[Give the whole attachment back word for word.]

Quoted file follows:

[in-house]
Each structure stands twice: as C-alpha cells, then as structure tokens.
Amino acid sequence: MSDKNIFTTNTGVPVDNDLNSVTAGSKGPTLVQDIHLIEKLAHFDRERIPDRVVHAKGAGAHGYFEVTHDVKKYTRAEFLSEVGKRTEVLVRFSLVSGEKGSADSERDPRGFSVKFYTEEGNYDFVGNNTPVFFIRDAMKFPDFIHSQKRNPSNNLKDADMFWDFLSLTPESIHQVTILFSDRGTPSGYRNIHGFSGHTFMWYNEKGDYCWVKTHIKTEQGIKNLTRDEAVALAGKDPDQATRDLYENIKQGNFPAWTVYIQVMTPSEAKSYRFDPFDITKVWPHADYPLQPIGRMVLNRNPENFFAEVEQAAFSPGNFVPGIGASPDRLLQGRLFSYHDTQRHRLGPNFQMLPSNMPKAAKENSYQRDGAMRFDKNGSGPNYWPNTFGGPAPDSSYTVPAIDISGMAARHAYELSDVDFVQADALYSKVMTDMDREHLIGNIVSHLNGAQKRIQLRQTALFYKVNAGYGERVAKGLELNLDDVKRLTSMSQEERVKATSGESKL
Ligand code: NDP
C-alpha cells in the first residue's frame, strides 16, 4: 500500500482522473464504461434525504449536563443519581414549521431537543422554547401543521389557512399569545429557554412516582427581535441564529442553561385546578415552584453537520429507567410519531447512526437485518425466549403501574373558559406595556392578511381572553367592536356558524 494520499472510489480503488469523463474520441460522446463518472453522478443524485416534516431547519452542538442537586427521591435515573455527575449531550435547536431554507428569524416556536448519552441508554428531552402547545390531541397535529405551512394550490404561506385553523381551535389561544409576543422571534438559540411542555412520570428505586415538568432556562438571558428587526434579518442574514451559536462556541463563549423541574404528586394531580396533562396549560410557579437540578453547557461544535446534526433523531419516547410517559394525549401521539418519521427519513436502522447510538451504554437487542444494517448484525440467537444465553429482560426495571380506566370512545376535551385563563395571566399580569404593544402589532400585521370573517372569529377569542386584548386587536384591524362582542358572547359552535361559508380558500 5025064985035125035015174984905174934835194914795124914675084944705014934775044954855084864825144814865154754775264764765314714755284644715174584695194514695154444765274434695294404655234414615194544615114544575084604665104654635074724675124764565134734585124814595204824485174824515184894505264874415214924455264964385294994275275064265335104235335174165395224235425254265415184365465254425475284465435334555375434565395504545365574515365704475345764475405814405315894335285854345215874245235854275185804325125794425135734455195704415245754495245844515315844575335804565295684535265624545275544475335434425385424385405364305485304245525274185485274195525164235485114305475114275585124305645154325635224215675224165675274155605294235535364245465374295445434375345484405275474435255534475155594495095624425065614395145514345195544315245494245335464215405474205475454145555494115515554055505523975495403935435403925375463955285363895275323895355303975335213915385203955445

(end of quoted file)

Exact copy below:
[in-house]
Each structure stands twice: as C-alpha cells, then as structure tokens.
Amino acid sequence: MSDKNIFTTNTGVPVDNDLNSVTAGSKGPTLVQDIHLIEKLAHFDRERIPDRVVHAKGAGAHGYFEVTHDVKKYTRAEFLSEVGKRTEVLVRFSLVSGEKGSADSERDPRGFSVKFYTEEGNYDFVGNNTPVFFIRDAMKFPDFIHSQKRNPSNNLKDADMFWDFLSLTPESIHQVTILFSDRGTPSGYRNIHGFSGHTFMWYNEKGDYCWVKTHIKTEQGIKNLTRDEAVALAGKDPDQATRDLYENIKQGNFPAWTVYIQVMTPSEAKSYRFDPFDITKVWPHADYPLQPIGRMVLNRNPENFFAEVEQAAFSPGNFVPGIGASPDRLLQGRLFSYHDTQRHRLGPNFQMLPSNMPKAAKENSYQRDGAMRFDKNGSGPNYWPNTFGGPAPDSSYTVPAIDISGMAARHAYELSDVDFVQADALYSKVMTDMDREHLIGNIVSHLNGAQKRIQLRQTALFYKVNAGYGERVAKGLELNLDDVKRLTSMSQEERVKATSGESKL
Ligand code: NDP
C-alpha cells in the first residue's frame, strides 16, 4: 500500500482522473464504461434525504449536563443519581414549521431537543422554547401543521389557512399569545429557554412516582427581535441564529442553561385546578415552584453537520429507567410519531447512526437485518425466549403501574373558559406595556392578511381572553367592536356558524 494520499472510489480503488469523463474520441460522446463518472453522478443524485416534516431547519452542538442537586427521591435515573455527575449531550435547536431554507428569524416556536448519552441508554428531552402547545390531541397535529405551512394550490404561506385553523381551535389561544409576543422571534438559540411542555412520570428505586415538568432556562438571558428587526434579518442574514451559536462556541463563549423541574404528586394531580396533562396549560410557579437540578453547557461544535446534526433523531419516547410517559394525549401521539418519521427519513436502522447510538451504554437487542444494517448484525440467537444465553429482560426495571380506566370512545376535551385563563395571566399580569404593544402589532400585521370573517372569529377569542386584548386587536384591524362582542358572547359552535361559508380558500 5025064985035125035015174984905174934835194914795124914675084944705014934775044954855084864825144814865154754775264764765314714755284644715174584695194514695154444765274434695294404655234414615194544615114544575084604665104654635074724675124764565134734585124814595204824485174824515184894505264874415214924455264964385294994275275064265335104235335174165395224235425254265415184365465254425475284465435334555375434565395504545365574515365704475345764475405814405315894335285854345215874245235854275185804325125794425135734455195704415245754495245844515315844575335804565295684535265624545275544475335434425385424385405364305485304245525274185485274195525164235485114305475114275585124305645154325635224215675224165675274155605294235535364245465374295445434375345484405275474435255534475155594495095624425065614395145514345195544315245494245335464215405474205475454145555494115515554055505523975495403935435403925375463955285363895275323895355303975335213915385203955445